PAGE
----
Saturday, May 6, 2017

Things to do with a sociology degree

My step-daughter Hanna texted me this morning with the news that she'd just served Marc Emery a hot-dog. Apparently the plucky Persian had one of his food "trucks" towed to Queens Park today for the Global Marijuana March. Shrewd call, Hoonan!

Which is what brought Emery to the scene, logically enough. I told her to put a Wally-burger on the menu in honour of the original Prince of Pot, Wally Tucker. 

So Hanna is slinging hot-dogs with her soc degree. But that's not the only road open to a recent graduate. You could be an Uber driver. Many soc grads find meaningful work in retail.

Hey, the sky's the limit!

There's no such thing as too much education...

Personally, I found my sociology degree hardly held back my welding career at all. Sure, the other folks on the shop floor will view you with a degree of suspicion at first, but one thing sociology grads understand is how to blend in.

Hanna in Hoonan's food truck.

Me in Irving's shipyard.

There's always the option of more education, of course. Go for the graduate degree. Go all the way and get yourself a Doctor Phil. Your Uber clients will be massively impressed when you drop that tidbit. 

Even thirty years ago the job market was tight for soc grads. I remember a sessional at UGuelph wingeing about the lack of tenure-track opportunities back in the early eighties. He'd been on the sessional track with his Ph.D. for ten years at that point, and the problem has gotten exponentially worse since. He often expressed his regret at not having become a high-school teacher instead.

Which is not to say there are zero tenure track opportunities. Who gets a crack at them though is a mighty sketchy business. White males would be pretty much SOL. White females perhaps slightly less so. What's required, beyond a visible identity as a member of an oppressed subset of society, is an appetite for political correctitude and advanced ass-kissing skills.

Hanna has more people skills when she's sleep-walking than I could ever conjure on my best day, but I'm afraid she shares my skills deficit in the ass-kissing department.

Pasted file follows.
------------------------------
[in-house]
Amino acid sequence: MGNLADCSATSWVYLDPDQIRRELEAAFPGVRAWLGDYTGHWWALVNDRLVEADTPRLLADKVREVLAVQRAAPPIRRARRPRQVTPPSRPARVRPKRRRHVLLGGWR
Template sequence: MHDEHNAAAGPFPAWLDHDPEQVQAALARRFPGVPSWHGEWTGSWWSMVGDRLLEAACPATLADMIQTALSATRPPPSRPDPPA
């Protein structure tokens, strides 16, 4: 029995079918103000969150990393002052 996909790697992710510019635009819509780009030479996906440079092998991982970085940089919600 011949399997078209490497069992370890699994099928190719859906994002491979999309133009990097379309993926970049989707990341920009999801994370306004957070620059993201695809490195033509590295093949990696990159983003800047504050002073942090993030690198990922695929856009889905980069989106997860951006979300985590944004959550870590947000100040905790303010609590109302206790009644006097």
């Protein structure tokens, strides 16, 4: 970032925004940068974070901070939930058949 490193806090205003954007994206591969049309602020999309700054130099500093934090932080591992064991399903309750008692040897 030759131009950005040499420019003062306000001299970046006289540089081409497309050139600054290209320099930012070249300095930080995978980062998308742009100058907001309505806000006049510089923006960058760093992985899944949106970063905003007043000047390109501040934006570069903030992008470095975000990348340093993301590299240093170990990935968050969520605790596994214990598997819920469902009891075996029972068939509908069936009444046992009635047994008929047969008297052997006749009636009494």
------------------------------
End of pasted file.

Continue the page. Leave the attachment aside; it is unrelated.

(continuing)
But lets not forget that a university education isn't intended as job training. Unless you're in medicine or engineering, of course. It's about building character and building a network, don't ya know!

I shared many a pint with my various profs over the years in the interest of building a network. One of the folks I really liked was a guy named Ian Currie. He was a sessional, and if I recall correctly, he didn't even have a Doctor Phil to wave around, but he had a best-selling book out at the time which I suppose, in the eyes of the hiring committee, made up for that short-coming.

Alas, he took himself to his reward before my budding networking skills had a chance to fully blossom. 

And Hanna met some illustrious mentors whilst doing her degree at York, including a couple of folks I'd studied with thirty years before. The most illustrious by far was Mel Watkins. I didn't realize the old pinko was still alive till Hanna nonchalantly mentioned that he often walked her home after his evening class. Don't know if a letter of recommendation from Mel would still open many doors.

Whatever else he is or was, there's no getting around the fact that he's still a white male.

I've suggested to Hanna that she should consider a law degree. Sure, there's plenty of folks with those who are under-employed too, but Hanna has the smarts and people skills to stand out in the crowd.

She's all in if I pay for it.

Well kid, I've got a lovely batch of seedlings that I'm planning to put in just over the fence-line just as soon as I'm sure the danger of frost is over for good. The way Justin is going about his legalization gambit will ensure a healthy grey-market for ganja for years to come.

There's hope with dope, even when you have a sociology degree.

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